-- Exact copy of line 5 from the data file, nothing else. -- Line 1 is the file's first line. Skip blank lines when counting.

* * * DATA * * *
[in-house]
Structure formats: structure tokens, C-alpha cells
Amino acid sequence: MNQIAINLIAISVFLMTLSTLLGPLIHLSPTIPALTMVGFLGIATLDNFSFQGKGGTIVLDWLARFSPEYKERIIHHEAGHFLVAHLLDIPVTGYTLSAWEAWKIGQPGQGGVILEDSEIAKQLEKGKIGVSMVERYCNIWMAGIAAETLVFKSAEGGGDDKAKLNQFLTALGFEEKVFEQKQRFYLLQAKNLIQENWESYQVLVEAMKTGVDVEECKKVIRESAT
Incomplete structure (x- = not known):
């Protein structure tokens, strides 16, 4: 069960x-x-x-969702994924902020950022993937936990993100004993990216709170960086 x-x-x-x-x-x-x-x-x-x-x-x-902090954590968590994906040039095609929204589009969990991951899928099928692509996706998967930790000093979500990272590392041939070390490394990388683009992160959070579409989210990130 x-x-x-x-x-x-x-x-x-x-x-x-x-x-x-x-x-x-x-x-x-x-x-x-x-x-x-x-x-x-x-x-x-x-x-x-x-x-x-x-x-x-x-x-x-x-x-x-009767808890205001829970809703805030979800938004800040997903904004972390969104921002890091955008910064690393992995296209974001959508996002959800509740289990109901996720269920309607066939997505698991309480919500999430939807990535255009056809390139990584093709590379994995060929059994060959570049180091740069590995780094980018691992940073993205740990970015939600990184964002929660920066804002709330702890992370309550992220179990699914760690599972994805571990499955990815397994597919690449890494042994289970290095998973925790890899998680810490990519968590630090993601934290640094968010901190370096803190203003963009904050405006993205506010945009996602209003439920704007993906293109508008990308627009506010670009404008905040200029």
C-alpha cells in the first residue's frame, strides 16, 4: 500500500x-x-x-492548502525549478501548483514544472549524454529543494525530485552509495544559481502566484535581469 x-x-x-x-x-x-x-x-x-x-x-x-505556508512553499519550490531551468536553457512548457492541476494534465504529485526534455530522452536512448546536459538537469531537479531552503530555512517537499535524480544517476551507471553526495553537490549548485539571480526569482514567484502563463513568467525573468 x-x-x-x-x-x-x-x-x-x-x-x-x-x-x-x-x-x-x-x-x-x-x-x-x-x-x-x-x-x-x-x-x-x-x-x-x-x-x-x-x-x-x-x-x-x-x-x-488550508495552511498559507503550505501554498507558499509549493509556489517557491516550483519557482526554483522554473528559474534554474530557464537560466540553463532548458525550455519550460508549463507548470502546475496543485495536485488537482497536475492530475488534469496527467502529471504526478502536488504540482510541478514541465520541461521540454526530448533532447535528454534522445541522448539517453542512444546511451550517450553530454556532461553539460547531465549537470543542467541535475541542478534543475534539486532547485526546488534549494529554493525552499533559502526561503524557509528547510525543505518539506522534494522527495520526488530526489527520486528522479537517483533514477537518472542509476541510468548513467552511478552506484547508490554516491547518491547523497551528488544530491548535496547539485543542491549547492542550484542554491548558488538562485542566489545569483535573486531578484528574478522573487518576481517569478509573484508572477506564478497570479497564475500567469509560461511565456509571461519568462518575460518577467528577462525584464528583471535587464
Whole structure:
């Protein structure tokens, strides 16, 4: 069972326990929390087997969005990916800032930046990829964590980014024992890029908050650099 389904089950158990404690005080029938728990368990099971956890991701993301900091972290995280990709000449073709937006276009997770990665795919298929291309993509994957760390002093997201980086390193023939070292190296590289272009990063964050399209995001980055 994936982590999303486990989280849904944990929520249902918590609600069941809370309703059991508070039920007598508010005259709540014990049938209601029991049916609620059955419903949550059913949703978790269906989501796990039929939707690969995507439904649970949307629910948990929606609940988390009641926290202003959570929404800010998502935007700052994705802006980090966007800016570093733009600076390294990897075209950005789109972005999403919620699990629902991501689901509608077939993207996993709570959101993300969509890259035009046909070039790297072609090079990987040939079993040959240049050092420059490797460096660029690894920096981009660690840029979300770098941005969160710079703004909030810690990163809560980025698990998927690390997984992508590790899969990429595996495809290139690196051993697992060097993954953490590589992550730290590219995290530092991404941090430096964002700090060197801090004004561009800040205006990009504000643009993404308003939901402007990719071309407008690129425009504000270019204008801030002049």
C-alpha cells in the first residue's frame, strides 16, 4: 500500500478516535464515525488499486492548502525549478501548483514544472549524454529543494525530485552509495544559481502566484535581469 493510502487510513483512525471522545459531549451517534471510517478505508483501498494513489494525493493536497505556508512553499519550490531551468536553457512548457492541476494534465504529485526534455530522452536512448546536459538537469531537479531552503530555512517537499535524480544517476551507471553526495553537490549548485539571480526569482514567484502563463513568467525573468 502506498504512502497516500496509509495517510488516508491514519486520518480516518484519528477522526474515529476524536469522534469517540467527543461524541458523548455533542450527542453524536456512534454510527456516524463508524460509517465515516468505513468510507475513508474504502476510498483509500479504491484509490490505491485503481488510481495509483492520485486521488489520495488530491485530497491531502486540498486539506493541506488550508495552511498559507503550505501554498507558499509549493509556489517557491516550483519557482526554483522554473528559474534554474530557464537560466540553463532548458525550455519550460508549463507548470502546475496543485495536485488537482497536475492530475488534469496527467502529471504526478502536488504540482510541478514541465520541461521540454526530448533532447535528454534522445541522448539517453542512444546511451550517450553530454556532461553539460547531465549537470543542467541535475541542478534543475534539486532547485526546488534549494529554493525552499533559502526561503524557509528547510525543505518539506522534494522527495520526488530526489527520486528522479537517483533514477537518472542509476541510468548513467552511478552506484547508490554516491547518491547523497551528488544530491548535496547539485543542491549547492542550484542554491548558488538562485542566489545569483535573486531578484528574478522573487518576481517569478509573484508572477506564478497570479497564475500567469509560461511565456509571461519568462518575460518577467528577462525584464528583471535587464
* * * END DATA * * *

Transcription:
């Protein structure tokens, strides 16, 4: 069960x-x-x-969702994924902020950022993937936990993100004993990216709170960086 x-x-x-x-x-x-x-x-x-x-x-x-902090954590968590994906040039095609929204589009969990991951899928099928692509996706998967930790000093979500990272590392041939070390490394990388683009992160959070579409989210990130 x-x-x-x-x-x-x-x-x-x-x-x-x-x-x-x-x-x-x-x-x-x-x-x-x-x-x-x-x-x-x-x-x-x-x-x-x-x-x-x-x-x-x-x-x-x-x-x-009767808890205001829970809703805030979800938004800040997903904004972390969104921002890091955008910064690393992995296209974001959508996002959800509740289990109901996720269920309607066939997505698991309480919500999430939807990535255009056809390139990584093709590379994995060929059994060959570049180091740069590995780094980018691992940073993205740990970015939600990184964002929660920066804002709330702890992370309550992220179990699914760690599972994805571990499955990815397994597919690449890494042994289970290095998973925790890899998680810490990519968590630090993601934290640094968010901190370096803190203003963009904050405006993205506010945009996602209003439920704007993906293109508008990308627009506010670009404008905040200029």